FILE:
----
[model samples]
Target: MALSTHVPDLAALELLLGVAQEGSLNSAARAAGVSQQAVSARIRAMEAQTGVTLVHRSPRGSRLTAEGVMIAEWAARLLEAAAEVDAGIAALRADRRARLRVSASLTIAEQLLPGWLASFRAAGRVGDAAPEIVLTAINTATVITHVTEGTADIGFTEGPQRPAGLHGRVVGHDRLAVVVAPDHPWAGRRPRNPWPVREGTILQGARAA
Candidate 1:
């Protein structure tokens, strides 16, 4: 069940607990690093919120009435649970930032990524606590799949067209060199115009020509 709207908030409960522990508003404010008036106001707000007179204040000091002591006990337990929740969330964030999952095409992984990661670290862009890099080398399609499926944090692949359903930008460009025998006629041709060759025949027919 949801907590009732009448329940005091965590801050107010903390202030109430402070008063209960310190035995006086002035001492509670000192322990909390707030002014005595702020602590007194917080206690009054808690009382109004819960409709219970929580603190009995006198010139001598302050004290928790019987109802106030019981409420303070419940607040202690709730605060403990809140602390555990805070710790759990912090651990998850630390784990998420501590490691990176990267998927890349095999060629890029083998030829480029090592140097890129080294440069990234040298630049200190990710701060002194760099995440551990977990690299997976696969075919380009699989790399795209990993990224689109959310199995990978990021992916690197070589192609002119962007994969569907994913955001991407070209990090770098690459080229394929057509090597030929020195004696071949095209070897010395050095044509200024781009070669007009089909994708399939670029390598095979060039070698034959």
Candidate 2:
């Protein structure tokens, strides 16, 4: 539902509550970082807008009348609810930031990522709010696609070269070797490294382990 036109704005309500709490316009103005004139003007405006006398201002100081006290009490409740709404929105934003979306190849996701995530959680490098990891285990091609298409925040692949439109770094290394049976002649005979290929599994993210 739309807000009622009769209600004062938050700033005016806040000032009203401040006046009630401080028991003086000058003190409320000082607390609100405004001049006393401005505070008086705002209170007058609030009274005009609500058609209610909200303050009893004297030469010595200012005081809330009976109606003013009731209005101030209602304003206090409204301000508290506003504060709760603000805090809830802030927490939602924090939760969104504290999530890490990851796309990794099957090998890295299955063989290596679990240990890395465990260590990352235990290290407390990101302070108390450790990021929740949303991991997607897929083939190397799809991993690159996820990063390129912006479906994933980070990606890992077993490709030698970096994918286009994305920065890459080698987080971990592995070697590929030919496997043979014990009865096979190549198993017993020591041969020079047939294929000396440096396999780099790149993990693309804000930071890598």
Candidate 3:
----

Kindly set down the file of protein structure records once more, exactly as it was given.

[model samples]
Target: MALSTHVPDLAALELLLGVAQEGSLNSAARAAGVSQQAVSARIRAMEAQTGVTLVHRSPRGSRLTAEGVMIAEWAARLLEAAAEVDAGIAALRADRRARLRVSASLTIAEQLLPGWLASFRAAGRVGDAAPEIVLTAINTATVITHVTEGTADIGFTEGPQRPAGLHGRVVGHDRLAVVVAPDHPWAGRRPRNPWPVREGTILQGARAA
Candidate 1:
């Protein structure tokens, strides 16, 4: 069940607990690093919120009435649970930032990524606590799949067209060199115009020509 709207908030409960522990508003404010008036106001707000007179204040000091002591006990337990929740969330964030999952095409992984990661670290862009890099080398399609499926944090692949359903930008460009025998006629041709060759025949027919 949801907590009732009448329940005091965590801050107010903390202030109430402070008063209960310190035995006086002035001492509670000192322990909390707030002014005595702020602590007194917080206690009054808690009382109004819960409709219970929580603190009995006198010139001598302050004290928790019987109802106030019981409420303070419940607040202690709730605060403990809140602390555990805070710790759990912090651990998850630390784990998420501590490691990176990267998927890349095999060629890029083998030829480029090592140097890129080294440069990234040298630049200190990710701060002194760099995440551990977990690299997976696969075919380009699989790399795209990993990224689109959310199995990978990021992916690197070589192609002119962007994969569907994913955001991407070209990090770098690459080229394929057509090597030929020195004696071949095209070897010395050095044509200024781009070669007009089909994708399939670029390598095979060039070698034959």
Candidate 2:
């Protein structure tokens, strides 16, 4: 539902509550970082807008009348609810930031990522709010696609070269070797490294382990 036109704005309500709490316009103005004139003007405006006398201002100081006290009490409740709404929105934003979306190849996701995530959680490098990891285990091609298409925040692949439109770094290394049976002649005979290929599994993210 739309807000009622009769209600004062938050700033005016806040000032009203401040006046009630401080028991003086000058003190409320000082607390609100405004001049006393401005505070008086705002209170007058609030009274005009609500058609209610909200303050009893004297030469010595200012005081809330009976109606003013009731209005101030209602304003206090409204301000508290506003504060709760603000805090809830802030927490939602924090939760969104504290999530890490990851796309990794099957090998890295299955063989290596679990240990890395465990260590990352235990290290407390990101302070108390450790990021929740949303991991997607897929083939190397799809991993690159996820990063390129912006479906994933980070990606890992077993490709030698970096994918286009994305920065890459080698987080971990592995070697590929030919496997043979014990009865096979190549198993017993020591041969020079047939294929000396440096396999780099790149993990693309804000930071890598």
Candidate 3: